Rights group attacks impunity in Mexico

article19The limited attempts of the Mexican Government to tackle the high levels of violence against journalists testifies ‘to the inability or unwillingness of the Mexican authorities to make the fight against impunity,’ according to Article19, the freedom of expression NGO.

Dr. Agnes Callamard, executive director of the group, said in a statement that the impunity enjoyed by those responsible for violence against journalists is ‘one of the most alarming characteristics of the overall human rights situation in Mexico’.

Mexico is still the deadliest country in the Americas for journalists, according to Reporters Without Borders.

Her words follows news yesterday that the parents of murdered IndyMedia journalist Brad Will are to launch their own independent investigation into the death of their son more than a year ago following a ‘disappointing’ official investigation by a Mexican Attorney General.

Persecuted journalist Lydia Cacho, who was imprisoned and tortured after writing a book about a child sex ring in Cancun, recently published a book about her experiences as the hands of the powerful in Mexico.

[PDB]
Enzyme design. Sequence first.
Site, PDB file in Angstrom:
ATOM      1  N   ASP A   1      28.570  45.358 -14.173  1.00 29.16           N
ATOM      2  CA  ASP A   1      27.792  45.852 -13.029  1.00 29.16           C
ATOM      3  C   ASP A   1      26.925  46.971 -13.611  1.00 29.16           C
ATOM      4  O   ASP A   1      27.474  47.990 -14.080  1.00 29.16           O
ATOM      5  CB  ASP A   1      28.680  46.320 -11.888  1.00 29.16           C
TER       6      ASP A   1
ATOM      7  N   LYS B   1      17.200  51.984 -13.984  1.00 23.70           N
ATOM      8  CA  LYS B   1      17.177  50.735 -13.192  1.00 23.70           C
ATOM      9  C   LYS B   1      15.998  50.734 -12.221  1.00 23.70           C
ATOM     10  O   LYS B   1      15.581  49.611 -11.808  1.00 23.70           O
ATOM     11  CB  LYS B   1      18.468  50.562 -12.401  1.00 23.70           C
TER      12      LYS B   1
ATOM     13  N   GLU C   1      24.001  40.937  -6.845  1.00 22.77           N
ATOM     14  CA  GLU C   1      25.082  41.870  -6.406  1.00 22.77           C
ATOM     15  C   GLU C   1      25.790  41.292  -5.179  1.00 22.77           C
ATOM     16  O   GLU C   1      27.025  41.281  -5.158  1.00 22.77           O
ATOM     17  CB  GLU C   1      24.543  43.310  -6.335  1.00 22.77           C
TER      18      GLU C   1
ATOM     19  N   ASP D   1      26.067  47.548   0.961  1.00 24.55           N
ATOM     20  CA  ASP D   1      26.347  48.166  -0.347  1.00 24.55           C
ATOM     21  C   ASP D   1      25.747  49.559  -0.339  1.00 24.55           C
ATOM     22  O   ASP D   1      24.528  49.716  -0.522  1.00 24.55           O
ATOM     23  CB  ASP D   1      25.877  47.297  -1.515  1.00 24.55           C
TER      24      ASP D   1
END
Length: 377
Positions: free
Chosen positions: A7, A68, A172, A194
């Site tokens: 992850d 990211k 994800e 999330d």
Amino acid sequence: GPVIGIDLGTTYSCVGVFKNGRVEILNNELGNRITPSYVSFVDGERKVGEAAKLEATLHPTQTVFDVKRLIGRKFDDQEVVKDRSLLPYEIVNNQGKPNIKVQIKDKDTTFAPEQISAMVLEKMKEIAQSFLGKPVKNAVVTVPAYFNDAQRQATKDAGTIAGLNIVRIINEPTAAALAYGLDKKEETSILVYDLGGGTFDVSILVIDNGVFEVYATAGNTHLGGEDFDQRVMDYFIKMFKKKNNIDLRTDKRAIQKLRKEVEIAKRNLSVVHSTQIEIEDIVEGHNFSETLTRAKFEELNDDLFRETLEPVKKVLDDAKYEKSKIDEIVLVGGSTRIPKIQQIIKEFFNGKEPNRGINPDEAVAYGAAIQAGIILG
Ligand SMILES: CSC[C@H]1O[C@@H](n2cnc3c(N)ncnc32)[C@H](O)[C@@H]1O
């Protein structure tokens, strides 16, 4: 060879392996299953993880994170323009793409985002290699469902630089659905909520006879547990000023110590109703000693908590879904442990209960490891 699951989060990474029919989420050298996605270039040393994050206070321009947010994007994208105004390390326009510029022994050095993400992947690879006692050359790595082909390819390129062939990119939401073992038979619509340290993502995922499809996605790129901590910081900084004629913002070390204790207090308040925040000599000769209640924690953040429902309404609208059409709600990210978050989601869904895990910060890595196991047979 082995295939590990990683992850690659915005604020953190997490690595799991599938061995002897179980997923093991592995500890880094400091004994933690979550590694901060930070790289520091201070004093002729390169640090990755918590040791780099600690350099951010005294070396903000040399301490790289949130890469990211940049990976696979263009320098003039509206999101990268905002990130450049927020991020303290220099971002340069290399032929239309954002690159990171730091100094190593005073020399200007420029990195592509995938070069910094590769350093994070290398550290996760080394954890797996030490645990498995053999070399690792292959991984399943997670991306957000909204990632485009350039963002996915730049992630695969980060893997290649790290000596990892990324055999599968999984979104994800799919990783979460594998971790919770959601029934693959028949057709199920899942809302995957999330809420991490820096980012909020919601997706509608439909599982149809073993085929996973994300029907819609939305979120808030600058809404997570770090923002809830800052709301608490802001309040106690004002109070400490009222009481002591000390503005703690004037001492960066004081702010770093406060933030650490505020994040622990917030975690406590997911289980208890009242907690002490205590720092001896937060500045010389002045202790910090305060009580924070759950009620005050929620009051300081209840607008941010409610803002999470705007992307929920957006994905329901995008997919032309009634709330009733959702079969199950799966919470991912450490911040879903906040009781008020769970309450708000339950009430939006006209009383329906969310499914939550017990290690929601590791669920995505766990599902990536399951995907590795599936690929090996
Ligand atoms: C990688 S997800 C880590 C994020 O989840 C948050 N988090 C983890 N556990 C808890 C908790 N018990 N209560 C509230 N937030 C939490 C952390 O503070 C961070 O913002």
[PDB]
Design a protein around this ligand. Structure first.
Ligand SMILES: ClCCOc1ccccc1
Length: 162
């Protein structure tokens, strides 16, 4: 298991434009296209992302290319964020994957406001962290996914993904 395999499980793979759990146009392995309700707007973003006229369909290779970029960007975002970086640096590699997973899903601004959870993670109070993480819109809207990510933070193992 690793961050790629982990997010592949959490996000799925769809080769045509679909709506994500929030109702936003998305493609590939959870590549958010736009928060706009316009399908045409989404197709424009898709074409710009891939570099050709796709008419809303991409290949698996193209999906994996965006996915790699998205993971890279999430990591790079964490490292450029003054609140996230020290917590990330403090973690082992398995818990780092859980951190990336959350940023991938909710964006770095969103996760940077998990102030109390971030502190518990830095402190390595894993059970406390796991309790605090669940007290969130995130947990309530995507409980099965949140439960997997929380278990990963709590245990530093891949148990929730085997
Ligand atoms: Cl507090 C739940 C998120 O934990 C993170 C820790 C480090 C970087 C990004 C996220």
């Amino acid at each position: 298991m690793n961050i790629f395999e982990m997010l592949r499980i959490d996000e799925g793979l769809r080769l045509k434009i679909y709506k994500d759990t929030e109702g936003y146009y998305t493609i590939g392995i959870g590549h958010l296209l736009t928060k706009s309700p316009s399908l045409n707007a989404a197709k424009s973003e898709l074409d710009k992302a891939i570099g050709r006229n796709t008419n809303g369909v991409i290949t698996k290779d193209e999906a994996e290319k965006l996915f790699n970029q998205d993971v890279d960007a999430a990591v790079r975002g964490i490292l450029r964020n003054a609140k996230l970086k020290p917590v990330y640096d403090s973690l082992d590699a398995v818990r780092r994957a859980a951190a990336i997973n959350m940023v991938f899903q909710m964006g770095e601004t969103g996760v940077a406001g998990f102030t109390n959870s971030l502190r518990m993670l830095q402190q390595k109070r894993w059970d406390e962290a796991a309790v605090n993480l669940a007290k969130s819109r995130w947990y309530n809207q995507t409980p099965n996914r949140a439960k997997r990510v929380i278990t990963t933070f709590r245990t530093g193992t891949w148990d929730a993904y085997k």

Cacho was told by the UN High Commissioner of Human Rights Louise Arbour that she should get out of Mexico to avoid more rights violations when the Commissioner visited Mexico in February.

‘This statement is motivated by the silence and seeming lack of political will of the present Government, led by President Felipe Calderon Hinojosa, to comply with the obligations of the Mexican State to prevent and investigate human rights violations within its national territory, including those committed by third parties, and bring to justice those responsible.

‘The resulting circle of violence, danger, impunity, and self censorship is deeply affecting Mexican democracy, and is preventing the free circulation of ideas and information.’

Some steps have been made in tackling the high levels of violence. The Special Prosecution Office for the Investigation on crimes against journalists (FEADP) was created by the General Attorney’s Office on the15th of February 2006. That year also saw the introduction of new laws on the protection of sources and on the decriminalization of defamation at the federal district level.

The United Nations has also taken steps, albeit small ones. In December, the Security Council condemned attacks against journalists in general a UN Resolution. It included a series of recommendations for every state in the framework of international humanitarian law, which includes Mexico.

But despite the legislation and legal bodies in place to confront these crimes, they continue to occur and to go unpunished.

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